When I found out I was pregnant with my first child my mind immediately went to the labor process. I wasn't nervous, I was actually excited! I had already done a lot of research on labor and delivery and chose to fill my head with only positive experiences. I wasn't naive, I knew it would be difficult and painful, but I chose to embrace the process rather than resist it. I think this small decision helped me to have a great experience in childbirth, twice.
Recently I realized, though, that I had not embraced motherhood in the same way. For some reason I had expected it to be awesome all the time, and when it wasn't, I felt highly disappointed. I realized I needed to embrace motherhood in the same way I had embraced labor. I began to reflect on labor and started relating it to motherhood and began to see the changes I needed to make.
Ask any woman who has experienced childbirth, it hurts. When that first contraction hit, it took my breath away. Fear entered my head and I thought, "there is no way I can do this." Thankfully I surrounded myself with a positive birthing team and they reminded me, "You can do this. You are doing this." In much the same way, raising a child can hurt at times. In the beginning you're so exhausted it hurts. Constantly waking, feeding, changing. It's demanding. And then there's the first time you have to discipline your kid—oh man, it hurts. You don't want to deal with the hard stuff, but you have to. There are times when you feel like there is no way you can possibly successfully raise a human being, and in those moments it's really nice to have people around to remind you, "You can do this. You are doing this."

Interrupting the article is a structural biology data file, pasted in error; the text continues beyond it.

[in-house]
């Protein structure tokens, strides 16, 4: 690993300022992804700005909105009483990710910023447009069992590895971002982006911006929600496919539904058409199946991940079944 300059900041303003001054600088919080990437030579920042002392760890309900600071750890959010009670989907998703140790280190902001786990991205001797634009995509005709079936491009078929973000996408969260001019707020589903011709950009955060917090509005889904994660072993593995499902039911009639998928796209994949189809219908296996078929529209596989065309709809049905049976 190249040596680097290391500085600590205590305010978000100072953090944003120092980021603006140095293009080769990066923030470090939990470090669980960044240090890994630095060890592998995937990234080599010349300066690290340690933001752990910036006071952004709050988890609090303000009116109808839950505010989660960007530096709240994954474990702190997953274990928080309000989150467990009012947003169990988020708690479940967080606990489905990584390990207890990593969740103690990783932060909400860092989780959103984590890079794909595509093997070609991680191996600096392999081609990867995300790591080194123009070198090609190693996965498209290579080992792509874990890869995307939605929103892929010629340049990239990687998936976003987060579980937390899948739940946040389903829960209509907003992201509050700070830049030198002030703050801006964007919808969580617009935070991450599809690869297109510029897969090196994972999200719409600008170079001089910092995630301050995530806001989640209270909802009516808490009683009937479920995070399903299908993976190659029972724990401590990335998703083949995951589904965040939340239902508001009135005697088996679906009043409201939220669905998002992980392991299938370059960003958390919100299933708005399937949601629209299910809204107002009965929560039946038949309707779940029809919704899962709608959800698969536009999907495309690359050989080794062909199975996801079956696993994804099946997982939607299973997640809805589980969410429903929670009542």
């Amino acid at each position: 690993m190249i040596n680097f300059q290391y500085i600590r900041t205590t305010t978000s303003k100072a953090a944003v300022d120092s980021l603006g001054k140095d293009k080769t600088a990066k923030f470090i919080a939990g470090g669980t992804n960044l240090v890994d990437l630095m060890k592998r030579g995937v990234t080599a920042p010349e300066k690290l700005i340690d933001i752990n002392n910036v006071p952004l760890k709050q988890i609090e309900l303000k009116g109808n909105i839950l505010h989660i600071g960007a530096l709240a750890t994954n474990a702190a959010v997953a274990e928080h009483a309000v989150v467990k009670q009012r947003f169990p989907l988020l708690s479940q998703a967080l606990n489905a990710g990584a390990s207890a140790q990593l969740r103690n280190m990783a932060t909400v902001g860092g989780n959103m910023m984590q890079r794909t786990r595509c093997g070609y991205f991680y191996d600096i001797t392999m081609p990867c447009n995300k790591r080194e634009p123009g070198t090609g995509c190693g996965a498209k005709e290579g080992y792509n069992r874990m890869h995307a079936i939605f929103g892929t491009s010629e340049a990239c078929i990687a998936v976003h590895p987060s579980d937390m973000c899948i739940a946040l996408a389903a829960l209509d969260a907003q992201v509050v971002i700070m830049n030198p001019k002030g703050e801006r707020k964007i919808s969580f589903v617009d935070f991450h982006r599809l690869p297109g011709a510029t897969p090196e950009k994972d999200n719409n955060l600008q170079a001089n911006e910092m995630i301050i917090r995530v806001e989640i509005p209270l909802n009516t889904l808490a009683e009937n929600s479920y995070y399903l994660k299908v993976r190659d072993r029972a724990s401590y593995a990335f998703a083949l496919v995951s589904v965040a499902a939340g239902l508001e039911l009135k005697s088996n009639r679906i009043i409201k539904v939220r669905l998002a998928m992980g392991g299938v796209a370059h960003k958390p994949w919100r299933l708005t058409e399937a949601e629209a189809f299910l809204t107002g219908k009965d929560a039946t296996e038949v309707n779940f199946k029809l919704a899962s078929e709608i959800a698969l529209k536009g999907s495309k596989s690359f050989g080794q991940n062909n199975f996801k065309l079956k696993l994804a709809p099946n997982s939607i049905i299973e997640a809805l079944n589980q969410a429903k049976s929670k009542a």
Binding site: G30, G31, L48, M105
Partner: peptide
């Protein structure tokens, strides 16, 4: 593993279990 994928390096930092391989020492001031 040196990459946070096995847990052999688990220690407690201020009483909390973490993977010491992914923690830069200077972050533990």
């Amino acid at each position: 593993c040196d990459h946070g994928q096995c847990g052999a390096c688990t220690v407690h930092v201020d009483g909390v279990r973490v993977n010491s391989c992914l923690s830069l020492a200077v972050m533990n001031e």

I've heard women say that they just wanted to keep the baby in their bellies forever. They are safe in the belly— warm and nourished. But they can't stay in there forever.
Giving in to the labor process really makes it so much better. I can remember while I was giving birth to my daughter I kept saying, "No no no!" because the pain was intense. My midwife gently reminded me, "Remember the power of your words." I started telling my baby, "yes, come out." Instead of fighting against the contractions I began to welcome them because it meant I was that much closer to seeing my baby. Sometimes our kids do things that make us want to scream "No!" from the top of our lungs. We don't want to have tough conversations or go through hardships together, but going through hardships actually brings people closer together. Every time I've had to help my kids walk through difficult moments it has helped them see that they can trust me and has helped me learn how to be there for them. Our relationship is strengthened, our bond is tighter.
And then there's the pushing. Pushing a baby out of your body is both a welcome relief and frightening. I've heard women say that they just wanted to keep the baby in their bellies forever. They are safe in the belly— warm and nourished. But they can't stay in there forever. We have to push them out and give them a new life experience outside of the womb. In motherhood we have to let our kids grow up and become independent. We have to push them to new experiences, and that's okay. It's part of motherhood.
So I'm looking at motherhood with fresh eyes. I often gush about my labor experiences. The days my babies were born were some of the best days of my whole life. I want to live everyday as I did those days. I want to embrace this motherhood journey, because I'm pretty sure it's one of the greatest adventures I'll ever have the pleasure of participating in.